The Wolverine’s plot may ultimately be predictable, but by the time it ends it does provide an entertaining tale and experience. Its lack of big budget explosions is appreciative, yet it still packs enough of a punch to make it a solid entry in the X-Men live action movie universe.
Quite frankly this movie could easily have been the number one choice just based on the fact that it kicked off the modern era of Marvel movies. Before 2000 comic book movies in general were not the mega blockbusters they are today. Batman and Superman saw success on the silver screen back in the 70’s, 80’s and 90’s, but no other franchise managed to break through to audiences. That was until Bryan Singer’s X-Men in 2000. This movie proved that fans would flock to theaters to watch films about their favorite comic book characters, and the floodgate of new comic book movie releases hasn’t been shut off since.
The movie itself is also quite fantastic. It did a great job of introducing the ever-growing cast of X-Men characters, and it helped to define the path that the entire X-Men live action movie franchise would take. It did a great job establishing the key players on both sides of the mutant ball, while also casting a shroud of mystery over the character of Wolverine, who has since gone on to be the poster boy for the X-Men movie franchise.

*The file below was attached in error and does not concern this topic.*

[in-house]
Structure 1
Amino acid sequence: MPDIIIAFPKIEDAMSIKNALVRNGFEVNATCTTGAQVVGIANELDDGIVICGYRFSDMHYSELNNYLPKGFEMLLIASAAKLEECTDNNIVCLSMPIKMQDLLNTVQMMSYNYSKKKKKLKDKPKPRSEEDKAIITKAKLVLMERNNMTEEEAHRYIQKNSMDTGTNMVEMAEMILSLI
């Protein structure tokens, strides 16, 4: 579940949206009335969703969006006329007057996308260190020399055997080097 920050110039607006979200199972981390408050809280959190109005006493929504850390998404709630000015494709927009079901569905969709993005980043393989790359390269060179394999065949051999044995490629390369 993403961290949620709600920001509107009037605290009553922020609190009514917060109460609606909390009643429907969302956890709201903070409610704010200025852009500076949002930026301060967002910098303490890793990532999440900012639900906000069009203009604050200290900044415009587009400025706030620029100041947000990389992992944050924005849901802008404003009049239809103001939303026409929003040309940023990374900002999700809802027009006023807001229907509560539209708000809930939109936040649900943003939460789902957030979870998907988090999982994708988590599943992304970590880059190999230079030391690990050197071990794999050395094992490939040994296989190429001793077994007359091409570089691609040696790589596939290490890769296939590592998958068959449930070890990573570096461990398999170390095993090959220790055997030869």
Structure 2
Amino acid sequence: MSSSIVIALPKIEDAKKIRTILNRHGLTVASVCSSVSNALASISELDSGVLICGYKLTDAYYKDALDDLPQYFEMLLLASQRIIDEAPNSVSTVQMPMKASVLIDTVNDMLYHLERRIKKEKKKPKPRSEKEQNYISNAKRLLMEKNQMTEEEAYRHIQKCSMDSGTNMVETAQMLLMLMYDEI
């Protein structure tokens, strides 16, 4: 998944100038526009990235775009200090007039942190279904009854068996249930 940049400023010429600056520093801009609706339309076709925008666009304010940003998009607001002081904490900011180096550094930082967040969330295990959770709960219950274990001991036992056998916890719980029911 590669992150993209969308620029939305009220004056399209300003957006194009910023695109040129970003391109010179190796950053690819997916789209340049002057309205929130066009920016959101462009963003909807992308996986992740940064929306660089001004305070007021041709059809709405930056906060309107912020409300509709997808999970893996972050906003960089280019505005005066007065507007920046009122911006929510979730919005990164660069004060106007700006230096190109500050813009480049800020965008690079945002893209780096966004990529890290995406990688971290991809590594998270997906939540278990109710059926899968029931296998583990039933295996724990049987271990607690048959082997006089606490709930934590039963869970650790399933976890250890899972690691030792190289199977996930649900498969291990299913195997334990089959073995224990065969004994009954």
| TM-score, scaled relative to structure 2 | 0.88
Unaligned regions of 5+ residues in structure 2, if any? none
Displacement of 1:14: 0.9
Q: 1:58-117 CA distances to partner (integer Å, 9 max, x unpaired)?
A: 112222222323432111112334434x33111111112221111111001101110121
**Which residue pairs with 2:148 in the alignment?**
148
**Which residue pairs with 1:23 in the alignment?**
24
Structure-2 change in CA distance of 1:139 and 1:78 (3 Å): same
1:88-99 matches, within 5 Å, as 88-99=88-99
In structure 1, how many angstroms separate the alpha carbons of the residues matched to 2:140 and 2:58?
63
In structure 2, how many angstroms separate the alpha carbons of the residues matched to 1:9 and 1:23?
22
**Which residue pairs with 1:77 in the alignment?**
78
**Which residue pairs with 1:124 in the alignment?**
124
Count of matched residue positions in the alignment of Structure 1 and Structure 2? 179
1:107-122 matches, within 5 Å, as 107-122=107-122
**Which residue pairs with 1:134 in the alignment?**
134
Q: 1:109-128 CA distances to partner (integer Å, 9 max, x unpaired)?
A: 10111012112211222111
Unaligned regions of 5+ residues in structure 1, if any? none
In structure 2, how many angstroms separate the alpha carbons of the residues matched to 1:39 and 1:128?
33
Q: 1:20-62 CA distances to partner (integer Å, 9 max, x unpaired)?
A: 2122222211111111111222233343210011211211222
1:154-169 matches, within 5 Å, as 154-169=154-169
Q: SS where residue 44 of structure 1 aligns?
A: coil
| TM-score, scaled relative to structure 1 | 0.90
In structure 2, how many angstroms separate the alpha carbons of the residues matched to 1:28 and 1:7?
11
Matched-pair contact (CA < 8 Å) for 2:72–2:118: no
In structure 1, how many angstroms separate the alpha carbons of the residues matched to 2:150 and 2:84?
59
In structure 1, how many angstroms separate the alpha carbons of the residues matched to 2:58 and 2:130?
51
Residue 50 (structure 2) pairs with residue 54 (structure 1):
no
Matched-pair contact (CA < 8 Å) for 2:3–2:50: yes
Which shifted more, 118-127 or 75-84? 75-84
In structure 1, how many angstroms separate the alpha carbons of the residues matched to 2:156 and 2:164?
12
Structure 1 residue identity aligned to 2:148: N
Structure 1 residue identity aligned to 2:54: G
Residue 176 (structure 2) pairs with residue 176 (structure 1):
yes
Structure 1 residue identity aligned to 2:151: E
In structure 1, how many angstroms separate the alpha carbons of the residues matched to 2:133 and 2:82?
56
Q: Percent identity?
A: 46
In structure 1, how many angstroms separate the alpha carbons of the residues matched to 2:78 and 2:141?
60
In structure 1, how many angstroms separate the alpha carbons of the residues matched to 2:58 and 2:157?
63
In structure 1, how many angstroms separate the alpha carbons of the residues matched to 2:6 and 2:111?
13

One could easily say that without X-Men and its successes, there may not have been a comic book movie boom during the early part of the 21st century.
Out of all six X-Men movies, the second is the one that manages to tell the best overall story. Once again Wolverine and his past are at the heart of this film’s plot, and that’s a great thing. His connection to Stryker and Alkali Lake help to set the groundwork for the ultimate struggle in the X-Men series, which is the anti-mutant war. The same underlying theme pops up throughout all six films, but in X2 it’s made abundantly clear that a line has been drawn in the sand between humans and mutants, as well as between mutants themselves.
It’s this line that allows the X-Men to team up with their mortal enemies Magneto and Mystique without it feeling forced for the sake of cinema. Seeing these two warring factions do battle together is a X-Men fans wet dream, and the end result is pure comic book bad guy goodness.
X2 just seemed to hit all of the comic book movie ingredients for success. It featured a great cast of heroes and villains played by some of Hollywood’s biggest stars. The story is engaging and made sense for the world it’s based on, and it helped to setup the movies that followed it. The action is plentiful, but not Bayhem-like ridiculous. At times it provides emotional connections to fictional characters, which is hard to do in a comic book movie. Finally, and most importantly, it’s just plain fun!